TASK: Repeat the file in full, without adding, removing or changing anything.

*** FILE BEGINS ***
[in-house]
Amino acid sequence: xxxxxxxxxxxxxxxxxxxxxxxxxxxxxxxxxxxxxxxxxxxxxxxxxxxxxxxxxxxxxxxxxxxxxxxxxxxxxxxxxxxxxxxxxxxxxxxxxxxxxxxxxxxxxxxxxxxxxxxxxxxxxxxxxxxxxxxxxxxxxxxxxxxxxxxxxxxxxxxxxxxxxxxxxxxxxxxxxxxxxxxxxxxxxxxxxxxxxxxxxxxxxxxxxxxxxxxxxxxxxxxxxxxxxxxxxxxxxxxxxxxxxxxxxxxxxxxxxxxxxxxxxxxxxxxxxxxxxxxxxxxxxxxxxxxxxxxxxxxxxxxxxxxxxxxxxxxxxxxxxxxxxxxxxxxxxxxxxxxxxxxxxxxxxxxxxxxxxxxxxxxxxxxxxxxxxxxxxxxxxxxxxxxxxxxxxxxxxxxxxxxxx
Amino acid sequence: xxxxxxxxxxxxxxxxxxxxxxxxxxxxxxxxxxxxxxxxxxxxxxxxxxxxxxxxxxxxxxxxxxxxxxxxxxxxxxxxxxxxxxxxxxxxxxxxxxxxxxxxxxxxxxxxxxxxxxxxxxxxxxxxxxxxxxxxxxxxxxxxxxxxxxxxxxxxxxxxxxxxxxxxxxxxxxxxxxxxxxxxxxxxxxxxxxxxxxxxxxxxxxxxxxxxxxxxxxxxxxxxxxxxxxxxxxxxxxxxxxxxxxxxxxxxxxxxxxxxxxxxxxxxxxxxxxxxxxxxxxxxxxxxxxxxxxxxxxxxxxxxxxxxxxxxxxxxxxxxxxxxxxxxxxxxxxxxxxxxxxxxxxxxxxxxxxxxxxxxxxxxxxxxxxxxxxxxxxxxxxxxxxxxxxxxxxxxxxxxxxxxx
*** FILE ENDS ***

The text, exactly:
[in-house]
Amino acid sequence: xxxxxxxxxxxxxxxxxxxxxxxxxxxxxxxxxxxxxxxxxxxxxxxxxxxxxxxxxxxxxxxxxxxxxxxxxxxxxxxxxxxxxxxxxxxxxxxxxxxxxxxxxxxxxxxxxxxxxxxxxxxxxxxxxxxxxxxxxxxxxxxxxxxxxxxxxxxxxxxxxxxxxxxxxxxxxxxxxxxxxxxxxxxxxxxxxxxxxxxxxxxxxxxxxxxxxxxxxxxxxxxxxxxxxxxxxxxxxxxxxxxxxxxxxxxxxxxxxxxxxxxxxxxxxxxxxxxxxxxxxxxxxxxxxxxxxxxxxxxxxxxxxxxxxxxxxxxxxxxxxxxxxxxxxxxxxxxxxxxxxxxxxxxxxxxxxxxxxxxxxxxxxxxxxxxxxxxxxxxxxxxxxxxxxxxxxxxxxxxxxxxxx
Amino acid sequence: xxxxxxxxxxxxxxxxxxxxxxxxxxxxxxxxxxxxxxxxxxxxxxxxxxxxxxxxxxxxxxxxxxxxxxxxxxxxxxxxxxxxxxxxxxxxxxxxxxxxxxxxxxxxxxxxxxxxxxxxxxxxxxxxxxxxxxxxxxxxxxxxxxxxxxxxxxxxxxxxxxxxxxxxxxxxxxxxxxxxxxxxxxxxxxxxxxxxxxxxxxxxxxxxxxxxxxxxxxxxxxxxxxxxxxxxxxxxxxxxxxxxxxxxxxxxxxxxxxxxxxxxxxxxxxxxxxxxxxxxxxxxxxxxxxxxxxxxxxxxxxxxxxxxxxxxxxxxxxxxxxxxxxxxxxxxxxxxxxxxxxxxxxxxxxxxxxxxxxxxxxxxxxxxxxxxxxxxxxxxxxxxxxxxxxxxxxxxxxxxxxxxx